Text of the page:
Here are a few highlights of what’s going on in the west today.
Portland is bracing for serious heat this weekend where Sunday could reach into the upper 90s with a projected high of 97, preceded by Saturday’s 95. 10-year highs will be smashed from the 23rd-25th is the forecast holds true. This heat wave is a few degrees warmer than what was forecasted yesterday.
Seattle is trending a bit in the opposite direction as the most recent forecast is cooler than yesterday’s. Still hot for Seattle at 85, if you have AC in your house, it will be running. Things will cool off rapidly thereafter as highs drop back into the 60’s by the 27th, potentially five degrees below normal.
Hades…err Phoenix was forecasted two degrees cooler today, but still well north of 110. There is another peak set for Sunday at 116, ten degrees above normal and seven degrees above the previous 10-year high. Another adjustment was set for late next week where the 1st is now projected at 113 degrees compared to yesterday’s forecast of 106.
Looking at Phoenix Actual Temps you can see just how far ahead of previous years the past several days have been. 2017 set new 10-year highs each of the past three days.
Southern California is set to drop into the 80’s tomorrow after a long stretch of 90+ days, but that relief will be short lived as another heat wave should barrel in on the 25th where the high could reach 94. From there, sustained below-normal temps could dip down as low as 75 by the end of the month.
It’s still going to be hot today, but San Jose will see a steady slide back toward the mean following today’s high of 95, and eventually settle back into the 70’s by next week. If the forecast holds true, we may not see 90+ days for weeks following this weekend.
Ultimately the same story in Sacramento, but with a high of 108 today (18 degrees above normal) and 101 tomorrow, it’s still worth noting on the blog. As Sacramento cools off, we could see high drop down to 85 by the 29th, five degrees below normal for that day.
The west is still bone-dry aside from Billings and Denver thanks to forecasted thunderstorms. 13 of the 21 stations are forecasting zero precipitation over the next 10 days.
For the first time in a while we are beginning to see the 10-day forecast project above STP, this time beginning on the 26th. STP especially trails off at the back end of the ten-day forecast, losing 800 MW in a day. Again, small day-on-day changes to the 10-day forecast, never varying by more than 10 MW.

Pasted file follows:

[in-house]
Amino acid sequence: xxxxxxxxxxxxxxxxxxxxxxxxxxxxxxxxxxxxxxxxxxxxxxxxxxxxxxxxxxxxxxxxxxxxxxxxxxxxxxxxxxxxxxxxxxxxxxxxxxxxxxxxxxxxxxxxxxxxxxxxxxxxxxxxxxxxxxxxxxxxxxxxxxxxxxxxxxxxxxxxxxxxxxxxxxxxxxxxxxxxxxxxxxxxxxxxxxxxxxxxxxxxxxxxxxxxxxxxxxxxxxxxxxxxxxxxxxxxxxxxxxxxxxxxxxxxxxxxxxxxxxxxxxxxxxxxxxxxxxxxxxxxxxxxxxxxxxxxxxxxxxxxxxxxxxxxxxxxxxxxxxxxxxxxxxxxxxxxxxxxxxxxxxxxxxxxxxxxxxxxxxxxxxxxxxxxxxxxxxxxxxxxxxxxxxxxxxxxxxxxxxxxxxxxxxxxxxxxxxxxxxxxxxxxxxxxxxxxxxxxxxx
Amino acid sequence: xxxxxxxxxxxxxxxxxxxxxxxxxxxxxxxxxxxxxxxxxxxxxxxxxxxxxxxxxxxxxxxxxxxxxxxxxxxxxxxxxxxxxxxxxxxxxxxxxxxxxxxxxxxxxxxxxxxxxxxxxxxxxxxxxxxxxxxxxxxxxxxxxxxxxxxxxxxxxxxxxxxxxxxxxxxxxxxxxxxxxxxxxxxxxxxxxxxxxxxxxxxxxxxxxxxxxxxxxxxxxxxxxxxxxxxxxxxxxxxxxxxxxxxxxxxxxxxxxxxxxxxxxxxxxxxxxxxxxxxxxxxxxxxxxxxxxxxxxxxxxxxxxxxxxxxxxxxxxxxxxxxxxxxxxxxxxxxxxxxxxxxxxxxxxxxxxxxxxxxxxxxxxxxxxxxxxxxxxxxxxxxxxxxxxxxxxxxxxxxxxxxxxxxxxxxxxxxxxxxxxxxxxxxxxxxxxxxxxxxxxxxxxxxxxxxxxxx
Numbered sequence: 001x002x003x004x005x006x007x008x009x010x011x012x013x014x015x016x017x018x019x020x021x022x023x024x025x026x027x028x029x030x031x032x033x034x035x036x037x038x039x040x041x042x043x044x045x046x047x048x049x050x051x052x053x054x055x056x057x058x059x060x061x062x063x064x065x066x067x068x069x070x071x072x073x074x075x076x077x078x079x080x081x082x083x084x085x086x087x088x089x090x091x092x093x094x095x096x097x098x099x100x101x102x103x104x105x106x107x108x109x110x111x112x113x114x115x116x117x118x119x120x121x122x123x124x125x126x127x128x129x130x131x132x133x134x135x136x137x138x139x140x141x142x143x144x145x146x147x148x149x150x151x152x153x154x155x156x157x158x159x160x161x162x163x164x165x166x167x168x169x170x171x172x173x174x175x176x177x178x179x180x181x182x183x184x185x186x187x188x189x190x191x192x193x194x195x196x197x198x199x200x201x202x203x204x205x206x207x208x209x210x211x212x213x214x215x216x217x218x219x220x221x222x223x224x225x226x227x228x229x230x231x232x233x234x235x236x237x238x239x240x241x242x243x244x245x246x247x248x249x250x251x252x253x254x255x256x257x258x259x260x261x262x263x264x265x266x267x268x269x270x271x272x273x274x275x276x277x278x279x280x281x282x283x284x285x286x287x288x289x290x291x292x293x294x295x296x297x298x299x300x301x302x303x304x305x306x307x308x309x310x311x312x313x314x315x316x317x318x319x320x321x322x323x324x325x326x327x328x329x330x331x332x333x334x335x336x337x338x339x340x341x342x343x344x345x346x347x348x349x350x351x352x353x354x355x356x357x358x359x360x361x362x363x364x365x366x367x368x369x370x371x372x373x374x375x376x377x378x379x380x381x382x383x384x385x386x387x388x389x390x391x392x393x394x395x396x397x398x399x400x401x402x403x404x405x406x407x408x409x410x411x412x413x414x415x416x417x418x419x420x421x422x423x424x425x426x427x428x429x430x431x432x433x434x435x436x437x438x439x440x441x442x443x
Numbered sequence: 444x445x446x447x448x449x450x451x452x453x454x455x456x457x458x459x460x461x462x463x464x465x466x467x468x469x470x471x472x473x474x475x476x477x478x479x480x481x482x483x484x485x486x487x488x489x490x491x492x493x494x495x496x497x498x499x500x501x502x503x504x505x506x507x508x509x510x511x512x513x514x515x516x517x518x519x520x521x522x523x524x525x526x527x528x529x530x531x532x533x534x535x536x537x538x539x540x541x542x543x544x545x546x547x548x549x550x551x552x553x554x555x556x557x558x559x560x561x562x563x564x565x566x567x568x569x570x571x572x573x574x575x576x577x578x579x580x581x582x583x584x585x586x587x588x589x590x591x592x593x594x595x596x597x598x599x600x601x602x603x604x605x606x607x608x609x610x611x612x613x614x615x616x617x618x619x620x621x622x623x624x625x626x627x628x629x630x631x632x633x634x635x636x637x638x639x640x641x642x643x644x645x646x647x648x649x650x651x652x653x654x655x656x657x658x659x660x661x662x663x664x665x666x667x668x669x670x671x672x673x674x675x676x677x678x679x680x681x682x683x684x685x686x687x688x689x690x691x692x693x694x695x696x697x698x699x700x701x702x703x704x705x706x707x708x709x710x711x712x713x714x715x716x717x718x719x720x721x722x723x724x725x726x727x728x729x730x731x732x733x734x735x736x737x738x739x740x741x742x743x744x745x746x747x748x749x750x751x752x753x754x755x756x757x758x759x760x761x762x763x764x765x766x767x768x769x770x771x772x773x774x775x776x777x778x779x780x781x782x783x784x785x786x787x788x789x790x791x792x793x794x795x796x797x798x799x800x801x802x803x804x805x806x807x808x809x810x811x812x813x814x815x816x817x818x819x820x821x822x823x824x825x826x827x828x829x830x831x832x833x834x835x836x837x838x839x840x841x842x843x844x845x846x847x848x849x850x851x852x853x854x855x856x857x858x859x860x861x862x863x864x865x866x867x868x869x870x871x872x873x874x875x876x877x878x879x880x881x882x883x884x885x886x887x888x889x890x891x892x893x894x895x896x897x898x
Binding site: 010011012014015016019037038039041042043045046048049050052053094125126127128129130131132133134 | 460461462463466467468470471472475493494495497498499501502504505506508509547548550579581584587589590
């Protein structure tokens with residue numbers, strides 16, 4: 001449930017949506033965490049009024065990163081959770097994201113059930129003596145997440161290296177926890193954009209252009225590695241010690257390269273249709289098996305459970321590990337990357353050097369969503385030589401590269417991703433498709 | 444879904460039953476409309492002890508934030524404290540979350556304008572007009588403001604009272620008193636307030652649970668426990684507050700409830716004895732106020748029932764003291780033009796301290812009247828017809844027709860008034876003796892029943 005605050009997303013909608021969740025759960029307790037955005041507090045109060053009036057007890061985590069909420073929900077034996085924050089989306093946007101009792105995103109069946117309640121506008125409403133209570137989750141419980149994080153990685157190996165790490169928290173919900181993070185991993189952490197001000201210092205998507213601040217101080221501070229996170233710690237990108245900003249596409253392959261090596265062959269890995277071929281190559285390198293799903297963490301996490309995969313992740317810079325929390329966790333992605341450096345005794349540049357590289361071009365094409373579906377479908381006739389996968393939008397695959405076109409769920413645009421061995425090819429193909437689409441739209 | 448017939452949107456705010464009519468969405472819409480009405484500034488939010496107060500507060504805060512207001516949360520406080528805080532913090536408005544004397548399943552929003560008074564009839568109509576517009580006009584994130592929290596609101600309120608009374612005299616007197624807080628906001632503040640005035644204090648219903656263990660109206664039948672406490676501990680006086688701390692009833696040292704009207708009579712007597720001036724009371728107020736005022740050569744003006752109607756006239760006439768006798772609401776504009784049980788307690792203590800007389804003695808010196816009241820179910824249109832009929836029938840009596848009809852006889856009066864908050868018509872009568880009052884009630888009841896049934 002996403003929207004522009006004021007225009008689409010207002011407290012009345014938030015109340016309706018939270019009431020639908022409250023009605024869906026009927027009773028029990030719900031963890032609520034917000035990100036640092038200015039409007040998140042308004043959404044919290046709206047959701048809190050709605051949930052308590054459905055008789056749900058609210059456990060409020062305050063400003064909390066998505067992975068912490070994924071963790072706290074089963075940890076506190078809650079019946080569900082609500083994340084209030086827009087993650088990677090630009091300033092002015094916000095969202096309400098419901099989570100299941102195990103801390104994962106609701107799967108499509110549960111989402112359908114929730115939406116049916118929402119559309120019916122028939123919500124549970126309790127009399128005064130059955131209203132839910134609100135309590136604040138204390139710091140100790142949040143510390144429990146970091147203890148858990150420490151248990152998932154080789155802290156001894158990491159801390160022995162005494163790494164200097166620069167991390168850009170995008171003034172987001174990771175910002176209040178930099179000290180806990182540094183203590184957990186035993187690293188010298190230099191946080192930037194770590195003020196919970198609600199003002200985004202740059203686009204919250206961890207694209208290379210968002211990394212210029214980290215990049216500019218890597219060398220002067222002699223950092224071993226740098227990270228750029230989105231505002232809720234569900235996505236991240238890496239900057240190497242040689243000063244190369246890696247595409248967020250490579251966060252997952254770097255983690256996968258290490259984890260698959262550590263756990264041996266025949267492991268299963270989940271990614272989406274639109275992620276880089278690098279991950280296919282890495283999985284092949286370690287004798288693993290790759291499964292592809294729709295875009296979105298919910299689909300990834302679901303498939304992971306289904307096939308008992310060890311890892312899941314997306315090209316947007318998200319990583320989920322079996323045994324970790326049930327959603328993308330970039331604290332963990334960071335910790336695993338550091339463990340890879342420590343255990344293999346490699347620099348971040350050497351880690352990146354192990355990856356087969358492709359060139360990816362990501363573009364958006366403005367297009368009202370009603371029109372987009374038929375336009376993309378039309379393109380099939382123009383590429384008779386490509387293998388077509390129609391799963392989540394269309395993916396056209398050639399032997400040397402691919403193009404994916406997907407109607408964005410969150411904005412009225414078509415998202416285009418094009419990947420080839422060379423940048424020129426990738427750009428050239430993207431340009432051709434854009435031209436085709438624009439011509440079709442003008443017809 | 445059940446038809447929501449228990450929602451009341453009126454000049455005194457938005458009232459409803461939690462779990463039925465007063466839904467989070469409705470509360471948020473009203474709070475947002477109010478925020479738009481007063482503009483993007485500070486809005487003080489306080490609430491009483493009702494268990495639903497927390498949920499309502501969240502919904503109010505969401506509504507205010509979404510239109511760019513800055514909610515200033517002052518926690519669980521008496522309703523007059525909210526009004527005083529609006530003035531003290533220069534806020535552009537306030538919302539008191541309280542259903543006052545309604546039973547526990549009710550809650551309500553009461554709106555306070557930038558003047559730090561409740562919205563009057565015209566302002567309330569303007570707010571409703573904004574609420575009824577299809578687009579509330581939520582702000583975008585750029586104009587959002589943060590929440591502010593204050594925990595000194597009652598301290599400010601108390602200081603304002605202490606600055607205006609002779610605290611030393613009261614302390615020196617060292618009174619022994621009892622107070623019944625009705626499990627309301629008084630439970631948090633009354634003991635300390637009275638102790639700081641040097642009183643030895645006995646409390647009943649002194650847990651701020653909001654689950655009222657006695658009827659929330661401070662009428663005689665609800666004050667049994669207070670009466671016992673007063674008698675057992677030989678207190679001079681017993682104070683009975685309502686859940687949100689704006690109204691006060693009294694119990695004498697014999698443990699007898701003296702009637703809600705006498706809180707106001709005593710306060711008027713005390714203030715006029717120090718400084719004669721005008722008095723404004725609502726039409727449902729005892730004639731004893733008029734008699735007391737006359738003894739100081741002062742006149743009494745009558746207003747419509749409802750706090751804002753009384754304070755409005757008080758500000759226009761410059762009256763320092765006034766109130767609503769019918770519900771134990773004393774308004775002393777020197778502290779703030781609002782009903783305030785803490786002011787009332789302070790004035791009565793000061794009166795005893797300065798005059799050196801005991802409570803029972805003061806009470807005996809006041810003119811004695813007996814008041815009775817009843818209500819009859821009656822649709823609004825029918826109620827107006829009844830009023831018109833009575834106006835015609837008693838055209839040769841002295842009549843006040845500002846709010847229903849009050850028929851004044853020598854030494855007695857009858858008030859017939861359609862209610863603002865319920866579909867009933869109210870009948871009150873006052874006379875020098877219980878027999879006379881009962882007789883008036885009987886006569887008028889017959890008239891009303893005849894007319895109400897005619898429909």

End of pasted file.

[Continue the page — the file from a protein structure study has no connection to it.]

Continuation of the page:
Here is a broad look at forebay elevations. Most are within a few feet of capacity and those that aren’t are rapidly filling up. Libby added just under 7 ft. in that past week, and Dworshak filled 3.76′ (putting it within two feet of capacity). No reservoirs dropped more than 0.6′.
With Libby rapidly filling, let’s look at where the reservoir stands historically. At 84% for June 22nd Libby is 2% points behind last year, 5 points behind 2015, and three points behind 2014. Of course, this year began filling with a much lower elevation. Libby’s lowest level sat at 43% on May 7th, compare that to last year’s 64%, 71% for 2015, or 57% for 2014.
NP demand didn’t show any relief yesterday as it peaked above 20,000 MW for the third consecutive day. Loads were also up 5,320 MW week-on-week, and 3,179 MW year-on-year. Despite an increased peak in demand yesterday, the daily average actually fell 300 MW thanks in part to a lower light load.
Despite largely elevated loads in SP this year, demand actually fell 4,351 MW year-on-year thanks to a huge spike in 2016. Demand remains up week-on-week by as much as 4,319 MW yesterday. The daily average sat at 18,310 MW yesterday, basically unchanged from the day prior.
We are seeing some signs of life out of Diablo Canyon 1 as it rose to 12% today. Columbia Generating Station is also heading back online, nearly back to 100% with 94% today.
Flow saw its daily average drop to 3,626 MW, nearly par with the weekly average, and down 150 MW from the day before. We haven’t seen an hourly flow drop below 3,000 MW since the 15th, and yesterday’s low only approached 3,200 MW.
The Mid-C to BC line continues to trend South as the daily average finished at -1,132 yesterday, 350 MW below the weekly average. The peak came close to neutral, but still only managed to hit -141 MW at 9 PM before falling back to -1,834 MW yesterday afternoon.
Have a great rest of your week,